Major hospitals from Cairns down to the Gold Coast will act as Queensland’s hubs for delivering the Pfizer vaccine.
The six locations will include Cairns Hospital, Townsville Hospital, Royal Brisbane and Women’s Hospital, Princess Alexandra Hospital, Sunshine Coast University Hospital and Gold Coast University Hospital.
Healthcare worker Sanna Elkadiri, left, was the first Dutch recipient of a shot of the Pfizer-BioNTech coronavirus vaccine at a mass vaccination centre in Veghel, Netherlands. (Associated Press)
“Using these facilities as a base for this rollout means we can manage the logistics of the Pfizer vaccine, which is actually quite complex,” Health Minister Yvette D’Ath said.
“It has strict limitations on its storage, transport and distribution which makes it unsuitable for how we would normally rollout a widespread vaccination campaign.
“We have chosen our state’s largest hospitals, from the top and tail of our state.
“Queensland will begin this process as soon as we receive the first Pfizer vaccines from the Federal Government”.
Priority groups will include quarantine and border workers, frontline COVID-19 health workers, aged care and disability care staff as well as aged care and disability care residents.
Earlier, the sites where New South Wales residents will receive the COVID-19 vaccination were also revealed.
The hospitals include Royal Prince Alfred, Westmead, Liverpool, Hornsby, St George, Nepean, Newcastle, Wollongong, Coffs Harbour, Dubbo and Wagga Wagga.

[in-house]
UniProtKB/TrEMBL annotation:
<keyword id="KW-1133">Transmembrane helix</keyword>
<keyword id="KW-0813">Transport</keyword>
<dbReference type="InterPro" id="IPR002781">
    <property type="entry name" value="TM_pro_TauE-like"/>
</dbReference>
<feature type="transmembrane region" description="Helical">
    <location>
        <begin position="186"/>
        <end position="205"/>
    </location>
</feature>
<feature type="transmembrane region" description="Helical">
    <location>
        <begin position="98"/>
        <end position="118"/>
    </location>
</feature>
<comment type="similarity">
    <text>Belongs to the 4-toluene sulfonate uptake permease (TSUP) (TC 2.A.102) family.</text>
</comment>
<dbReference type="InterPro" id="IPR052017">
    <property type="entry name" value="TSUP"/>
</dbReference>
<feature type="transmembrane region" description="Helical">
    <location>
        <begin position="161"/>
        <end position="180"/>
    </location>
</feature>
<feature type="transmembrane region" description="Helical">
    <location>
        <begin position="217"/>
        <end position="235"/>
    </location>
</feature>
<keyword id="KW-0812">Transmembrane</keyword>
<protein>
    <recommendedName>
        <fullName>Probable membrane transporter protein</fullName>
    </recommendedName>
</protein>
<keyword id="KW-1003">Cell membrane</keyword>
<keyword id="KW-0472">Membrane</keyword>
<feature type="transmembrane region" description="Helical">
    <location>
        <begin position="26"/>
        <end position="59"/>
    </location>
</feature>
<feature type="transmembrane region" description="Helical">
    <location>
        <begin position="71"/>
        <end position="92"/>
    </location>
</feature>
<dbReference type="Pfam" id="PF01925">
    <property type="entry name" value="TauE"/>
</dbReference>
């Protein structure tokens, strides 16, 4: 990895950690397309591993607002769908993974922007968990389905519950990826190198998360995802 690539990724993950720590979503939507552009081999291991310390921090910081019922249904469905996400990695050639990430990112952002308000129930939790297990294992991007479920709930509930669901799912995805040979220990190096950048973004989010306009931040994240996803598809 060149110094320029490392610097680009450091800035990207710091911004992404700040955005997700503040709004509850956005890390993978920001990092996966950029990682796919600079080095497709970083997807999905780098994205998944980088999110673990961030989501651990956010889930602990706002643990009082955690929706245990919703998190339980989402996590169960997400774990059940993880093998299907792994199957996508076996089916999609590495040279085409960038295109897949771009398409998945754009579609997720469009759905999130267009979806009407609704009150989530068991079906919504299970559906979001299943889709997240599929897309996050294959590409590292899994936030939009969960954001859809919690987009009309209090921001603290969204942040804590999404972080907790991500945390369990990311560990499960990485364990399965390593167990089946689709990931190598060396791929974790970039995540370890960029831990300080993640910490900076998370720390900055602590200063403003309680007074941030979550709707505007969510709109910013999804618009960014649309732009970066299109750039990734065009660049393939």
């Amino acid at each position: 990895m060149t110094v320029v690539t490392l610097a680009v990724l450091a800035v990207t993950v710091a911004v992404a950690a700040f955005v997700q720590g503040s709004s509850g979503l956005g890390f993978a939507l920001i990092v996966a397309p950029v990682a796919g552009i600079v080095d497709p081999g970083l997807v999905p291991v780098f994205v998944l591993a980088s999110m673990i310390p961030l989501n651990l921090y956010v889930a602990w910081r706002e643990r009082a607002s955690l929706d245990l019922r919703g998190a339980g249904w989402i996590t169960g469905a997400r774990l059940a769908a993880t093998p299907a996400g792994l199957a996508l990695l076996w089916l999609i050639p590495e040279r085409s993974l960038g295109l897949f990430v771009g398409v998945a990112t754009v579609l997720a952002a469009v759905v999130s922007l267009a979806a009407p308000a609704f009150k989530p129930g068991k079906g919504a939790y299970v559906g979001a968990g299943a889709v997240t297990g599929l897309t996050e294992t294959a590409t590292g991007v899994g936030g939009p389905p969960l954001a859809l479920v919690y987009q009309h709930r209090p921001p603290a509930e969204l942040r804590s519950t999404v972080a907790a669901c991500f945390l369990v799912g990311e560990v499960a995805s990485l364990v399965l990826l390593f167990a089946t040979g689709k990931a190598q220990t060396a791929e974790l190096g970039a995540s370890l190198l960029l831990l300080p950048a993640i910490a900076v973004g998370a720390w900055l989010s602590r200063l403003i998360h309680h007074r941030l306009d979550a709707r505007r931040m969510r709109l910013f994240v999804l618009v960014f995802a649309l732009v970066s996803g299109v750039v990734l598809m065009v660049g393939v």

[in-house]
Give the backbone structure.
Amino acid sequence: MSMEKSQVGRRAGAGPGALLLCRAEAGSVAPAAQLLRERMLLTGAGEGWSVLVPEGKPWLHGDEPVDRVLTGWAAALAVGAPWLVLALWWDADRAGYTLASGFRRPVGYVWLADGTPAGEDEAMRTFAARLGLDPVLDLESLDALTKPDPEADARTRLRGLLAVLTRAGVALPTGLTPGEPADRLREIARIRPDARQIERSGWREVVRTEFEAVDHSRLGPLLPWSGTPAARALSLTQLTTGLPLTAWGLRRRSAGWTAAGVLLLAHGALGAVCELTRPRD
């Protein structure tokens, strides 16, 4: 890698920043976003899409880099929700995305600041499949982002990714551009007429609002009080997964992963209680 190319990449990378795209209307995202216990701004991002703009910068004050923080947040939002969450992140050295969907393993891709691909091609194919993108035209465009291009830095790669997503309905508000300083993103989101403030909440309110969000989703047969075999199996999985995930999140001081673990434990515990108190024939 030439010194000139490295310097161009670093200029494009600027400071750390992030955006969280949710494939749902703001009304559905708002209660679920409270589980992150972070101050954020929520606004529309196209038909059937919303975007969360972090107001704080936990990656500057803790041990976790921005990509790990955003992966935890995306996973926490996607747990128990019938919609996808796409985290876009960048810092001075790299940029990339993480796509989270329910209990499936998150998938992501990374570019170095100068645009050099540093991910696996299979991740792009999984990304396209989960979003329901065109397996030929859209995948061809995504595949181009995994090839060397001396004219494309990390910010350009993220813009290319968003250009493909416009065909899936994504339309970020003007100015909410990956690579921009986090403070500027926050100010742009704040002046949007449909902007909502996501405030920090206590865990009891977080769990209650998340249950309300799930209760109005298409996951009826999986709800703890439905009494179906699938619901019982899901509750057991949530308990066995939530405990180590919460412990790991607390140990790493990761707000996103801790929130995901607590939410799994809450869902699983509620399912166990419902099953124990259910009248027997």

The sites where New South Wales residents will receive the COVID-19 vaccination have been revealed to be 11 major hospitals. (Nine News)
People in the first priority group include paramedics, emergency department workers, critical care ward staff, health care staff at COVID-testing sites and those administering the jab.
Transport workers are also likely to be among the first to be vaccinated.
“Once more vaccine doses become available from Phase 1b, it is expected that one or more COVID-19 vaccines will be available for the wider population through usual immunisation providers, including GP practices, GP respiratory clinics and Aboriginal health services,” NSW Health said.
The Oxford/AstraZeneca vaccine – which is expected to be available from the end of March – is yet to be approved by the Therapeutic Goods Administration.
Yesterday NSW recorded its 11th consecutive day of no community transmission.
The run of no local cases has prompted the easing of restrictions, from today.
The wearing of face masks will no longer be required inside shopping centres and supermarkets.
But masks will remain mandatory on public transport, in places of worship and beauty salons and by front of house hospitality staff.
Up to 30 people are now allowed in homes, including children, and 50 people can attend outdoor events such as picnics.
As many as 300 people can now attend weddings, subject to the one person per four-square-metre rule.
The easing of restrictions came into effect the day after Queensland Premier Annastacia Palaszczuk announced the state’s border with NSW will reopen on February 1.